This very large disagreement I have with many lawyers – not most, perhaps, but certainly many – about whether there is such a thing as justice and even if there is whether it matters or has anything to do with practicing law, has corollary disagreements that are as big. And in some ways bigger.
Plainly, if justice is not an intelligible concept or is unknowable then doing anything to make the world more just is worse than a fool’s errand. And if that’s the beginning and end of the discussion you never get to an equally or maybe more important problem afflicting our justice system:
How does one make the world more just?
This issue is more subtle, yet every bit as profound. Institutional actors – that is, cops, prosecutors, judges (do I repeat myself?), insurance defense/big firm lawyers, banks and their lawyers – come to believe that justice is imposed by institutions upon individuals, because this is how they encounter it. If indeed they do, that is. Anyway, this leads to a belief, unconscious at first but more and more deeply felt as you go along, that justice is primarily an institutional responsibility. This in turn leads to the corollary, an implicit belief that justice is not an individual responsibility. This leads to more individual irresponsibility that in turn leads to more cases where institutions must impose justice on individuals.
Self-reinforcing loop, doncha know.
So once this mindset is fully in control the question of how to make the world more just is seen as an inquiry about grand, collective institutional action for the common good.
It doesn’t sound like there’s anything wrong with that, until you consider that justice was traditionally regarded as a virtue – indeed one of the four cardinal virtues – to be practiced by individuals.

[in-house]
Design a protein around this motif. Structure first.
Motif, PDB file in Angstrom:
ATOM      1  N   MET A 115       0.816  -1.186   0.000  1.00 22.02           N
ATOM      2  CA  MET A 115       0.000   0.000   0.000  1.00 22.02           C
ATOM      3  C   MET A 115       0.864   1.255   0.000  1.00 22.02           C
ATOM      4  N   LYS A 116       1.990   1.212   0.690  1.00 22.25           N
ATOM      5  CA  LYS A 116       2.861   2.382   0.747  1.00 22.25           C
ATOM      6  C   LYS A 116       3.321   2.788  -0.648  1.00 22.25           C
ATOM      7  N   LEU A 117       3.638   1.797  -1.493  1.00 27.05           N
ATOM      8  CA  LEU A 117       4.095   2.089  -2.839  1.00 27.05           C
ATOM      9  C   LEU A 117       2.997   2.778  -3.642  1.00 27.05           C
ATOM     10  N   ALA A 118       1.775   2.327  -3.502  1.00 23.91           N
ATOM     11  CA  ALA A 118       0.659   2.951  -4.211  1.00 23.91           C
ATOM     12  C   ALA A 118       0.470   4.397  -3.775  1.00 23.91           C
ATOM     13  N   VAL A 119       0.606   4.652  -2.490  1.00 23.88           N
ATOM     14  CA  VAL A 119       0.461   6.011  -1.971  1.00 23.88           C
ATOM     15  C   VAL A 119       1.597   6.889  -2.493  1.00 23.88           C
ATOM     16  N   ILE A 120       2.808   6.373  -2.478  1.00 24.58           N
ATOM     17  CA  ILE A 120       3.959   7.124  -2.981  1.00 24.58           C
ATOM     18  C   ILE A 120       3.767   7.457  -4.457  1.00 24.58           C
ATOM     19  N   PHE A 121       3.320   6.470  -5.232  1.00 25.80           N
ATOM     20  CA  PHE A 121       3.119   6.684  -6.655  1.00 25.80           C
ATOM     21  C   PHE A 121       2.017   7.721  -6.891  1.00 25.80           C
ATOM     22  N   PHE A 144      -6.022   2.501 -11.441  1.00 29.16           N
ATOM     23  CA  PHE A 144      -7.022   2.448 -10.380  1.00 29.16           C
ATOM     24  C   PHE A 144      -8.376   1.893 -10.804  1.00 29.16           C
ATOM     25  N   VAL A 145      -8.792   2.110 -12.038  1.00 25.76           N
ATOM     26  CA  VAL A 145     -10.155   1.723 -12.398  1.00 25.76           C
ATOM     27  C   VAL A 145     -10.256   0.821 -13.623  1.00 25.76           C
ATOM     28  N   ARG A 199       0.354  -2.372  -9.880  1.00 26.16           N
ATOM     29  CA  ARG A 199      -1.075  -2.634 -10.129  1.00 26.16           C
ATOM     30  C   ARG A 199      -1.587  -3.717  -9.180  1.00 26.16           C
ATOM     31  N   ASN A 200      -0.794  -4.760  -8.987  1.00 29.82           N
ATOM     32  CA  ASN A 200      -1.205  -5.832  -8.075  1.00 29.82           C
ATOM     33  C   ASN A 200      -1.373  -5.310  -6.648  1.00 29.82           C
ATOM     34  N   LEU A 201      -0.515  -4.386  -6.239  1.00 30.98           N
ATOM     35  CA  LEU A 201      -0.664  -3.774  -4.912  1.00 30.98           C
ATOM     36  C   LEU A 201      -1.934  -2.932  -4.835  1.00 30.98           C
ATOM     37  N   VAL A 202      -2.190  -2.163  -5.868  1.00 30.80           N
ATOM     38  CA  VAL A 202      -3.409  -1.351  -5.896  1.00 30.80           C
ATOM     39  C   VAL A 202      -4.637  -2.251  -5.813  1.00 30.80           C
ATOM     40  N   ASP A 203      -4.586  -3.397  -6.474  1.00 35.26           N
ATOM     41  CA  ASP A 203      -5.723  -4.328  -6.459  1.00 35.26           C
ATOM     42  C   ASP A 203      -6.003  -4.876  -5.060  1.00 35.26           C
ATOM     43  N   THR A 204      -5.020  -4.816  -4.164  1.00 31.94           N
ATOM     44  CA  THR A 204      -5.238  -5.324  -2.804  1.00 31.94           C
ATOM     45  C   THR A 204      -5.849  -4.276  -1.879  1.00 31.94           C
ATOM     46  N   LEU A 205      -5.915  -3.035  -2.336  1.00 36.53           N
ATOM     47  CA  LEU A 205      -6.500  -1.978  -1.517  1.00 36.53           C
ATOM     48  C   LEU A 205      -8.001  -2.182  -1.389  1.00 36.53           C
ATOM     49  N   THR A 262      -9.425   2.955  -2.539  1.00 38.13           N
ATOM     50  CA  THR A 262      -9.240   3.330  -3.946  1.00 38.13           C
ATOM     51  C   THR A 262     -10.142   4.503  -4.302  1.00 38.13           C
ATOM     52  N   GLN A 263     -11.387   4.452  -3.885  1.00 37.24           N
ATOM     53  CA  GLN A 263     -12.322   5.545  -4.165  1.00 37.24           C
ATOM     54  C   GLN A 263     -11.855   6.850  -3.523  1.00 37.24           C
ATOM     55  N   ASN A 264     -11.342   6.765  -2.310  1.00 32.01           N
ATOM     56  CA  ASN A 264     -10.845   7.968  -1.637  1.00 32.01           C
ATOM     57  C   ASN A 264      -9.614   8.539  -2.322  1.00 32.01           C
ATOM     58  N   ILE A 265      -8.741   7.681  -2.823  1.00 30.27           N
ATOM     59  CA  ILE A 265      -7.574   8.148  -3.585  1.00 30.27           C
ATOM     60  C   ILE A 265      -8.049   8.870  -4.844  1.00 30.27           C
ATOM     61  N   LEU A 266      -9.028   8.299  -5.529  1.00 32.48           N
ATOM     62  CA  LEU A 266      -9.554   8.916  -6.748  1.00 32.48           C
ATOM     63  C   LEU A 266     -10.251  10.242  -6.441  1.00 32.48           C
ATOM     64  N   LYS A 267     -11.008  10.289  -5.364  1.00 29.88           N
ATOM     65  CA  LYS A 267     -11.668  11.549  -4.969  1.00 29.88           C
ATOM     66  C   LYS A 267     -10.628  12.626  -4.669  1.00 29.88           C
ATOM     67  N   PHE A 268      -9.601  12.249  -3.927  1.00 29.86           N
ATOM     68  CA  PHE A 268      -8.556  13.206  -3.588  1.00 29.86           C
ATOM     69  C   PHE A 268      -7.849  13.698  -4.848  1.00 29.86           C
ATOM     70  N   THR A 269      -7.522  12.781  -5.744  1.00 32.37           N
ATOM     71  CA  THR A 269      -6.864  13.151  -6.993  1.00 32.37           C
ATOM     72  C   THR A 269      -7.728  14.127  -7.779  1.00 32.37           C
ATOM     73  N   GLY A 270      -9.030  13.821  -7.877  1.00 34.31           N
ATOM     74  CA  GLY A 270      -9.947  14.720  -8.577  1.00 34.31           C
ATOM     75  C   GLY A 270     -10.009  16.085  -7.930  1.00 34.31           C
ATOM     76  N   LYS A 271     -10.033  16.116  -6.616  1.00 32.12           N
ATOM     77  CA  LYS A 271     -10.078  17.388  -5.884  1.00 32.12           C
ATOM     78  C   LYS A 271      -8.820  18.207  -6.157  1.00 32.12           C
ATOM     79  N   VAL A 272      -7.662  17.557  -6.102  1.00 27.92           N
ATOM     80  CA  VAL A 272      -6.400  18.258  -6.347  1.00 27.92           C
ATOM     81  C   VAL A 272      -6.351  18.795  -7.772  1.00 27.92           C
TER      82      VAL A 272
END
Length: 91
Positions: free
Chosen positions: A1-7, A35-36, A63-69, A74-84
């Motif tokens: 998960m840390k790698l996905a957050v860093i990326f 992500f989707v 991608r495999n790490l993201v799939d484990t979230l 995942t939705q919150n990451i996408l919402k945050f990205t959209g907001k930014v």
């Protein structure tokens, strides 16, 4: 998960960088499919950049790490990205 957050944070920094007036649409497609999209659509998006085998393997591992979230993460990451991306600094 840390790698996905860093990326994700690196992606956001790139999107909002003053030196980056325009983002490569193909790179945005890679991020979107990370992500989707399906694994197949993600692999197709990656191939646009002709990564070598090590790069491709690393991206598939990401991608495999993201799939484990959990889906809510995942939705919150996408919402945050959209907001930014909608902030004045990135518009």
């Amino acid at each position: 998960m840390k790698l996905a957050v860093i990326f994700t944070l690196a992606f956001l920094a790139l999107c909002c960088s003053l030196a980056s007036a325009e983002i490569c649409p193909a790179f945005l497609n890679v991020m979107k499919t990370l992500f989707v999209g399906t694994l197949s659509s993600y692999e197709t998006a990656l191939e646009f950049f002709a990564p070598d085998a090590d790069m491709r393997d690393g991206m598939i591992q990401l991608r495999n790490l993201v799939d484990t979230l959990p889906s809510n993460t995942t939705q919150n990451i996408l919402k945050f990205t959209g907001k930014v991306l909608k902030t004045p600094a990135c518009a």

So to a traditionalist, then, the idea of justice being practiced by an institution by imposing it on individuals is incoherent nonsense. You will have a just world to the extent individuals living in it practice justice, and injustice exactly the same way. Thus again to a traditionalist, the world becomes more just by more people practicing justice, or practicing it more. It’s a one-individual-at-a-time kind of thing. It’s about personal conduct.
Where are we, then, in the legal profession? We have one group – the institutional kind – who believe in justice but regard it as residing in institutional rules, power and force. We have the other group that in the main claims there is no such thing as justice. Both of these, from the traditional point of view, are utterly hopeless in achieving any semblance of justice in the world.
Should it surprise anyone, then, that injustice thrives and that the legal profession seems to facilitate it?
What is justice?
St. Augustine tied justice and the other cardinal virtues together. They are all different aspects of love:
“For these four virtues (would that all felt their influence in their minds as they have their names in their mouths!), I should have no hesitation in defining them: that temperance is love giving itself entirely to that which is loved; fortitude is love readily bearing all things for the sake of the loved object; justice is love serving only the loved object, and therefore ruling rightly; prudence is love distinguishing with sagacity between what hinders it and what helps it.”
But we don’t have to get all squishy and Catholic. You can find a pretty good summary of western thought about justice here. It begins – and it is unarguably appropriate to begin exactly like this in discussing the concept of justice – with this sentence:
Justice is one of the most important moral and political concepts.
For a lawyer to maintain that there is no such thing as justice is perverse. One could make a good argument that it’s disqualifying.
On a traditional understanding, it’s the job of lawyers to make the world more just, one individual and case at a time. You can’t join that great task if you deny that it’s even possible.